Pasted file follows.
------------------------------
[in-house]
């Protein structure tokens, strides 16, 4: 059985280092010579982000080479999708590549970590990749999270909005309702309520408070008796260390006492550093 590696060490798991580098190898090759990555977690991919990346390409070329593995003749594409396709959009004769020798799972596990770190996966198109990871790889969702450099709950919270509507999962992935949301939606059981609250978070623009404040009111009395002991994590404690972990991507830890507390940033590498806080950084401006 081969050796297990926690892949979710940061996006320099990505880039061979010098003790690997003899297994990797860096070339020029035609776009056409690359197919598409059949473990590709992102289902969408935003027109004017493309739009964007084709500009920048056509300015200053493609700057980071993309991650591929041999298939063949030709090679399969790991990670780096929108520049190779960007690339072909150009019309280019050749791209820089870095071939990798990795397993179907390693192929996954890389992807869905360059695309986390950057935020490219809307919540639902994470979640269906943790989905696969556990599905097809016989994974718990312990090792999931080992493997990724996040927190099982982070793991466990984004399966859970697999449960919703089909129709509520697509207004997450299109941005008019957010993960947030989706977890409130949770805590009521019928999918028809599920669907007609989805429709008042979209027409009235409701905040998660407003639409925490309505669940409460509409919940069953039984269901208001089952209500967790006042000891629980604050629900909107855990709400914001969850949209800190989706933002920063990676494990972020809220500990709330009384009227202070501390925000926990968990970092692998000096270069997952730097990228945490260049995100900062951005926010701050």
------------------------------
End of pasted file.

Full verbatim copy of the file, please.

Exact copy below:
[in-house]
């Protein structure tokens, strides 16, 4: 059985280092010579982000080479999708590549970590990749999270909005309702309520408070008796260390006492550093 590696060490798991580098190898090759990555977690991919990346390409070329593995003749594409396709959009004769020798799972596990770190996966198109990871790889969702450099709950919270509507999962992935949301939606059981609250978070623009404040009111009395002991994590404690972990991507830890507390940033590498806080950084401006 081969050796297990926690892949979710940061996006320099990505880039061979010098003790690997003899297994990797860096070339020029035609776009056409690359197919598409059949473990590709992102289902969408935003027109004017493309739009964007084709500009920048056509300015200053493609700057980071993309991650591929041999298939063949030709090679399969790991990670780096929108520049190779960007690339072909150009019309280019050749791209820089870095071939990798990795397993179907390693192929996954890389992807869905360059695309986390950057935020490219809307919540639902994470979640269906943790989905696969556990599905097809016989994974718990312990090792999931080992493997990724996040927190099982982070793991466990984004399966859970697999449960919703089909129709509520697509207004997450299109941005008019957010993960947030989706977890409130949770805590009521019928999918028809599920669907007609989805429709008042979209027409009235409701905040998660407003639409925490309505669940409460509409919940069953039984269901208001089952209500967790006042000891629980604050629900909107855990709400914001969850949209800190989706933002920063990676494990972020809220500990709330009384009227202070501390925000926990968990970092692998000096270069997952730097990228945490260049995100900062951005926010701050």